These numbers amazed me. I wasn't surprised by the volume of tickets (Lord knows I've received my share) but the massiveÂ outstanding debt shocked and, frankly, disappointed me. If a business were to let accounts receivable get that high, trust me, there's a CFO or CEO out a job. But, this is government and, sadly, it is what it is.
But, I'm a solutions kinda guy. So, I went to the City and asked questions.
Below are my questions to Cecilia Gilbert, permit and communications manager for the Department of Public Works. Gilbert responded to these via e-mail.
Have solutions for Milwaukee's parking payment problems? Use the Talkback function. Want to check if you have an outstanding ticket? Click here.
OnMilwaukee.com:Â How much is owed to the City for outstanding parking citations?
Cecilia Gilbert:Â Approximately $58.8 million is owed to the City of Milwaukee for outstanding, unpaid parking citations from the past six years that have not been adjudicated in Municipal Court. Of that amount, $9.6 million of the $11.7 million in violations registered to out-of-state vehicles lack correct owner information. Violations for vehicles registered in Wisconsin with no correct owner information total $21.2 million.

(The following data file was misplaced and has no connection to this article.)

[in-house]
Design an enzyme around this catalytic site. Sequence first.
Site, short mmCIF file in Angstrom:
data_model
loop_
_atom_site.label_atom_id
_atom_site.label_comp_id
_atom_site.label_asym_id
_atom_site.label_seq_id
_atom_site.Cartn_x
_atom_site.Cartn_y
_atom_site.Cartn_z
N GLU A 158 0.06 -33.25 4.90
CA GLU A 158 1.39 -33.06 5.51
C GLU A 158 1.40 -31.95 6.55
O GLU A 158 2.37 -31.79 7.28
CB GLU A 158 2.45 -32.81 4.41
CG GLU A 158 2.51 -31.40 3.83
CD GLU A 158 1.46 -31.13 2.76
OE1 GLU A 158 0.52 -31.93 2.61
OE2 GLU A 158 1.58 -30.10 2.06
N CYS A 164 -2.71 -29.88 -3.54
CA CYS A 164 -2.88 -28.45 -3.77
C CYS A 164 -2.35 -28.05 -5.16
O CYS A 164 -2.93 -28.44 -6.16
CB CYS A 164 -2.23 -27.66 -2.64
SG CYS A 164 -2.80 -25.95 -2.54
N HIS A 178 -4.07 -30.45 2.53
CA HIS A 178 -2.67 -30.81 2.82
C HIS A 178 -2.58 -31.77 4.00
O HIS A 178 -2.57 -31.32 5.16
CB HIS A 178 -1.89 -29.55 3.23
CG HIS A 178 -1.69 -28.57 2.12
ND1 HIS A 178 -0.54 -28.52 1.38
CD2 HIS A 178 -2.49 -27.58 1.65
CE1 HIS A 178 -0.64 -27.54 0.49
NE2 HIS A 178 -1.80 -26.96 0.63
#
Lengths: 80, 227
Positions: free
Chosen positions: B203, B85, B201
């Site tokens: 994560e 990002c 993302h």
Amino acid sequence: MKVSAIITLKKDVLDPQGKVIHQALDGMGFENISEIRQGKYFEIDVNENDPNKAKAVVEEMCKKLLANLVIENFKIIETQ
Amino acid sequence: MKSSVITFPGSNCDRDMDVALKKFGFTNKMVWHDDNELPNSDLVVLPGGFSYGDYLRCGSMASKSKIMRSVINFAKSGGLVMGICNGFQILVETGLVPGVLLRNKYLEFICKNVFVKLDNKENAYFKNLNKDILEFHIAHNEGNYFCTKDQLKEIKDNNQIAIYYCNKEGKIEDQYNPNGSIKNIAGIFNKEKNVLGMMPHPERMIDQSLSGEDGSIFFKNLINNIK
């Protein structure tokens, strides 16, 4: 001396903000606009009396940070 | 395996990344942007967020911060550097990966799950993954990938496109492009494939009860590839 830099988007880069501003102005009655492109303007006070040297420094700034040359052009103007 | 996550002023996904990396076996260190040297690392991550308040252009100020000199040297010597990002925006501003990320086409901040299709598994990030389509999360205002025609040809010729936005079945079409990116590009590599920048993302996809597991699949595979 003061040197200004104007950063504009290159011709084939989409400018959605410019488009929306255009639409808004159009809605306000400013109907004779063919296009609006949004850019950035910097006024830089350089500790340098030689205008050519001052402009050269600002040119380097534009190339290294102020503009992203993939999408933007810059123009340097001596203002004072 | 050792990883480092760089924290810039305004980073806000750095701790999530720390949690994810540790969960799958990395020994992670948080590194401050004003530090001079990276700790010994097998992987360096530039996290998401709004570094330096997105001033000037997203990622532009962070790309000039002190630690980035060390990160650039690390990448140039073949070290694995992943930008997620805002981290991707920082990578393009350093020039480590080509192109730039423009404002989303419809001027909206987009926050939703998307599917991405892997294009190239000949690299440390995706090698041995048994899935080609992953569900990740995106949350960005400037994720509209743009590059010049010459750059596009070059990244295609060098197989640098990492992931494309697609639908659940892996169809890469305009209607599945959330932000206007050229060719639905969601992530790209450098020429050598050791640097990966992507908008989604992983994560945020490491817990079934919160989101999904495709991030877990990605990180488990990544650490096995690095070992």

OMC:Â What is the City doing to try to collect the money owed?
CG:Â Parking debt is unlike any other debt collected by the City. All non-parking obligations have verifiable names attached to them, whereas parking citations are issued to a vehicle, not to a person. Identification of the owner of the vehicle is based upon the license plate number, but ownership information is not always attainable.
A common problem results when vehicle owners sell their vehicles and fail to remove their plates, relying upon the buyer to do so. The seller might not obtain valid identification of the buyer or even a signed sales contract. If the seller cancels their plate but the buyer fails to register the vehicle, there is no known owner name and therefore no way to collect outstanding debt. Even when a seller does obtain information from a buyer, that buyer may resell the vehicle before registering it.
OMC:Â What if there was an error?
CG:Â If an error were made either in writing, reading or data-entry of a license plate on a citation, incorrect owner information would be provided to the City from the Wisconsin Division of Motor Vehicles, making collection efforts more difficult.